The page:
Migraine et vie génitale féminine

Migraine and female genital life

Jul 30, 2021

Migraine in female genital life

Migraine predominates mainly in women in a ratio of three to one. This female predominance can be partly explained by hormones . We have seen in the mechanisms of migraine that the excitability of the hypothalamus could be conditioned by hormonal variations. Thus any period of a woman's life that causes a sudden change in hormones is likely to be a triggering factor for a migraine attack. This is the case of puberty , pregnancy , menopause , but also variations linked to the menstrual cycle .

Sanitary napkin with a tampon, a menstrual cup and a flower

At puberty

Before puberty, as many girls as boys suffer from headaches. After puberty, about three-quarters of migraine sufferers are women. And for 10 to 20% of women with migraine , their attacks began at puberty . Early puberty could also promote the onset of migraines.

Menstrual migraine

Between 20 and 60% of women with migraine see a link between periods and their attacks .

Pure menstrual migraines are migraine attacks without aura that only occur between D-2 and D+3 of the attack-free cycle in the other phases of the cycle for at least two out of three menstrual cycles. (D+1 being the first day of menstruation). These menstrual headaches may be due to the severe reduction in estrogen levels at the end of the menstrual cycle. Only 10% of migraineurs have a pure menstrual migraine. Although many patients report an increase in their migraine attacks at the time of assessment, no studies have been able to establish the link between ovulation and migraine .

To treat these menstrual migraines, it is recommended to act in the same way as for classic headaches: lie down quietly in a dark room, hydrate... Non-steroidal anti-inflammatory drugs (NSAIDs) or triptans can be taken. Hormonal treatments can also be effective since this type of migraine is linked to the drop in estrogen. This may be, for example, hormonal contraception or estradiol gel or patch.

Migraine and hormonal contraception

Taking oral contraceptives can modify the migraine disease . It could worsen it in 18 to 50% of cases , improve it in 3 to 35% of cases and not modify it in 39 to 65% of cases .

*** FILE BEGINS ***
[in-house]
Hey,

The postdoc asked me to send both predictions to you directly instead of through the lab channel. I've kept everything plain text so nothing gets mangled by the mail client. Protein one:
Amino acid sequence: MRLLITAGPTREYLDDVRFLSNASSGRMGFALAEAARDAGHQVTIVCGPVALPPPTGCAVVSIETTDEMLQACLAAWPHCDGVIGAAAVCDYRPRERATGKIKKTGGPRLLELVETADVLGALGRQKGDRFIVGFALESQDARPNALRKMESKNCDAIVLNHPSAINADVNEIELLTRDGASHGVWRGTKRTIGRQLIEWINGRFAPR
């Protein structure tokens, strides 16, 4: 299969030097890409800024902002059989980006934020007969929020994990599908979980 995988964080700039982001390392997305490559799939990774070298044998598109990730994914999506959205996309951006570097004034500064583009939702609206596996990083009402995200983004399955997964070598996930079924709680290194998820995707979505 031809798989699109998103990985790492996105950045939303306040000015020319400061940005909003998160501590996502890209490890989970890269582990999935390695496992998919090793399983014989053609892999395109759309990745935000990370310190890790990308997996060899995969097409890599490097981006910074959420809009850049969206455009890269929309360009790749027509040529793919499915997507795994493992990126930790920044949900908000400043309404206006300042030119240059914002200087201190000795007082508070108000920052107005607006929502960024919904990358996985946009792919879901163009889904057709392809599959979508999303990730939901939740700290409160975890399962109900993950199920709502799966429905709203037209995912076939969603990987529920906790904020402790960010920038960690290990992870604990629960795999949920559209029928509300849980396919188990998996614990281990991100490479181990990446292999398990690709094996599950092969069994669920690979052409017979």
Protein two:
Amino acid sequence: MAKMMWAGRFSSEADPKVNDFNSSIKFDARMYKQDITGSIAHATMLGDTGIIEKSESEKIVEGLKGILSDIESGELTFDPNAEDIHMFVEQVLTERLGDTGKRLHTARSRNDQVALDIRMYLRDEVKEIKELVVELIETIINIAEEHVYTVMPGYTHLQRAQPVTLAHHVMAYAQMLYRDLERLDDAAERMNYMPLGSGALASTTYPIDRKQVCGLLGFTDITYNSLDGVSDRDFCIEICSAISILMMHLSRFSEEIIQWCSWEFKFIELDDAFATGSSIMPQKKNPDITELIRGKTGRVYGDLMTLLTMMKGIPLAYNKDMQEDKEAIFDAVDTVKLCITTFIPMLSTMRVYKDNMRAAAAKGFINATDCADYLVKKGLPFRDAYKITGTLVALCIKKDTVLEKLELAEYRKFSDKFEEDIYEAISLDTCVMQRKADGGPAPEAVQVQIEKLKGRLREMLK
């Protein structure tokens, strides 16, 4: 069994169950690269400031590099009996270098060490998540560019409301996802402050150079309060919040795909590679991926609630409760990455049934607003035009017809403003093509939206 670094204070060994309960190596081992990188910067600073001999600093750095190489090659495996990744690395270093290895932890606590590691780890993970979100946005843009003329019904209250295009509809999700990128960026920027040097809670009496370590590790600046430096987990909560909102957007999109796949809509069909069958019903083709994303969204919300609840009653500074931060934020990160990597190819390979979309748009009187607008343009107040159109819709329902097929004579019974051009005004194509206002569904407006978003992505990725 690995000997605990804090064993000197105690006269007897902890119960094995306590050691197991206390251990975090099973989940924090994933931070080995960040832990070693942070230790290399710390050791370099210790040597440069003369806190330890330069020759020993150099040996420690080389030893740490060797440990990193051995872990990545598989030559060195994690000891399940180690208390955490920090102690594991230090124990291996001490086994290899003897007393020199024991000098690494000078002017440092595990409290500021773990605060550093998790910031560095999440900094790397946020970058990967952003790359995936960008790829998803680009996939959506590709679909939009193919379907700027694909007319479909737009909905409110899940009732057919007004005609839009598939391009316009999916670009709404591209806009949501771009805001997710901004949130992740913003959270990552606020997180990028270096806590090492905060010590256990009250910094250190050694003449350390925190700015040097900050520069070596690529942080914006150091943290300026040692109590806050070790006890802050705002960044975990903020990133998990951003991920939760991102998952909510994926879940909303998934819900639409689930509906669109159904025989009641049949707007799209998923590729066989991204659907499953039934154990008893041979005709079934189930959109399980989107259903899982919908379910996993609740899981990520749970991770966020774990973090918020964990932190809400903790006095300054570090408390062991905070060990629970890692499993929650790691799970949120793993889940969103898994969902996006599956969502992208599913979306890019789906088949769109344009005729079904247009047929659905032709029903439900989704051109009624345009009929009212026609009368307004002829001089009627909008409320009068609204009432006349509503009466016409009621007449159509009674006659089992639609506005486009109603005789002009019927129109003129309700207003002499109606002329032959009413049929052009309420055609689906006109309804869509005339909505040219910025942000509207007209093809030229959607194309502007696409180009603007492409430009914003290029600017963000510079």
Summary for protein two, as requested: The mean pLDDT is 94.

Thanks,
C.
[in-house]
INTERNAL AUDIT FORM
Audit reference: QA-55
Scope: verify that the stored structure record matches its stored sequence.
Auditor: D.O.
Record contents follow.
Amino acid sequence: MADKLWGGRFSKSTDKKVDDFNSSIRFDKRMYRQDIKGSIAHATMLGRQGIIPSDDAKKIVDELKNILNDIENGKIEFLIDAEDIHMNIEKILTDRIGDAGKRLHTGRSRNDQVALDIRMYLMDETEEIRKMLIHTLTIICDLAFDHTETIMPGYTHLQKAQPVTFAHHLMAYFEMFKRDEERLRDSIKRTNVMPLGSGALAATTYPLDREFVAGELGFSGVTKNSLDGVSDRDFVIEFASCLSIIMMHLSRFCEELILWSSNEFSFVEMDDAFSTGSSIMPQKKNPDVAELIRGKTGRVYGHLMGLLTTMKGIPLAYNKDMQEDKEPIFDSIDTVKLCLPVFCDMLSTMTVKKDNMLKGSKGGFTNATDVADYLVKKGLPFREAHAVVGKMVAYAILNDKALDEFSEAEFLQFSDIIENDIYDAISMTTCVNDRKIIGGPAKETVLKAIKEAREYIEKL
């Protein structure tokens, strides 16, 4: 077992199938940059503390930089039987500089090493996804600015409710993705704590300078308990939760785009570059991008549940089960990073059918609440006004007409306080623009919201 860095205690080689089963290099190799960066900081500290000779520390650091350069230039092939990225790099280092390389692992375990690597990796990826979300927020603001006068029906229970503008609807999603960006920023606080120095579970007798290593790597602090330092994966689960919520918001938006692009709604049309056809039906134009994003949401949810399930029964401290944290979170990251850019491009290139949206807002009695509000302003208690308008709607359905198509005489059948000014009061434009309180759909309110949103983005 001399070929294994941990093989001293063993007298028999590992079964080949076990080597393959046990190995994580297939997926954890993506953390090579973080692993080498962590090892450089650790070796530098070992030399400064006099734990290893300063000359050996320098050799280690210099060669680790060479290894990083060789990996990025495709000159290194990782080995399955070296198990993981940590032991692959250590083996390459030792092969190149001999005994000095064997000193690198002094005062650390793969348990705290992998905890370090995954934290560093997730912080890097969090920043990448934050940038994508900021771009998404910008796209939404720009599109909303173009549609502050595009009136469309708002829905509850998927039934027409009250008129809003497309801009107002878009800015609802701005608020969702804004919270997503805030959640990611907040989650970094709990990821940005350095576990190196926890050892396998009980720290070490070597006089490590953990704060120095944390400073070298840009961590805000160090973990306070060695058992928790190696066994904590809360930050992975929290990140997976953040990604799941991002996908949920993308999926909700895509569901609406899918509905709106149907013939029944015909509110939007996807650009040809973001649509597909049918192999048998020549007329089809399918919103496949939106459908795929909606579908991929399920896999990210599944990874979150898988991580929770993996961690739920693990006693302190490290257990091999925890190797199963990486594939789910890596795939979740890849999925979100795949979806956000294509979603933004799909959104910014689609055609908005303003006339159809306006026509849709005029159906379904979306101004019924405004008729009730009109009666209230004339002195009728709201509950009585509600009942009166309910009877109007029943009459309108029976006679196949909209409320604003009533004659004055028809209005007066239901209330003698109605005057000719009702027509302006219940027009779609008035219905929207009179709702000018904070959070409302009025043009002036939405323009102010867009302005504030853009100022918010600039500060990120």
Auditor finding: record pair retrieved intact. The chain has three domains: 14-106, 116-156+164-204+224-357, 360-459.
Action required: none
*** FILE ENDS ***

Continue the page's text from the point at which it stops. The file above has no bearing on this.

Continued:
Headaches can start with the taking of oral contraceptives, from the first cycles. Stopping birth control pills does not always bring immediate improvement. It should be noted that estrogen-progestogens are recognized as a risk factor for stroke. The more the pill is dosed, the more the risk increases and it is considered low when the pill contains less than 35 µg of estrogen (or synthetic derivative of estradiol). It is better to orient yourself on the pills of the second and third generation, which are less dosed in estrogen. Migraine is a risk factor for stroke in women under 45 years of age.

This risk doubles if the patient suffers from migraine with aura . Thus the association of tobacco, migraine with aura and oral contraception multiplies by approximately 30 the risk of stroke in young women. It is recommended that all migraine patients with aura favor mechanical contraception and a total absence of tobacco. However, it is important to note that migraine is not a contraindication to oral contraception. In the absence of associated vascular risk factors, the risks remain minimal, approximately 19 per 10,000 migraine patients. It is only recommended to limit the dose of estrogen by favoring progestogen or microdose contraception. Indeed, progestogen contraception is not associated with an increase in vascular risk. Some studies have even reported that it may have a beneficial effect on the frequency of migraine attacks.

In the case of pure menstrual migraines, it is recommended to focus on contraceptives capable of stopping ovulation. This is not the case with progestin-only oral contraceptives. Is it recommended to move towards progesterone injections or implants or oral dydrogesterone. Find out how to relieve migraine naturally

During pregnancy

During pregnancy , migraine attacks, for women prone to these headaches, tend to improve or disappear in 80% of cases . This crisis reduction can be explained by the hormonal stability that the state of pregnancy generates. Indeed, hormonal variations are often the cause of severe headaches. However, for other women who have never experienced a migraine, they may have headaches, particularly at the start of pregnancy. These first trimester headaches are often the result of several changes : blood volume increases, blood pressure fluctuates, hormones are secreted in quantity, fatigue is present…. These are factors conducive to the triggering of crises. To avoid these headaches, future mothers can change certain habits or behaviors that promote headaches (fatigue, coffee, noise, etc.) and prefer rest, calm and relaxation exercises.

Migraine and postpartum

During the postpartum period, many women suffer from headaches: 30 to 40% during the first week postpartum. These are often tension headaches and may be linked to postpartum depression . These migraine attacks can also be explained by the drop in estrogen after childbirth. Some women suffer from headaches right after giving birth. They can be explained by hypoglycaemia following the intense effort that childbirth requires.

And at menopause?

For women with migraine, perimenopause worsens their headaches for 60% of them . This is due to the hormonal changes that take place during this period. After menopause, migraine disease improves in 2/3 of cases. Even after menopause, it remains more common in women than in men: 2.5 women for every man suffer from it after 70 years . To treat headaches in postmenopausal women, migraine treatment is broadly the same as for premenopausal women. However, attention must be paid to the vascular risks of triptans.

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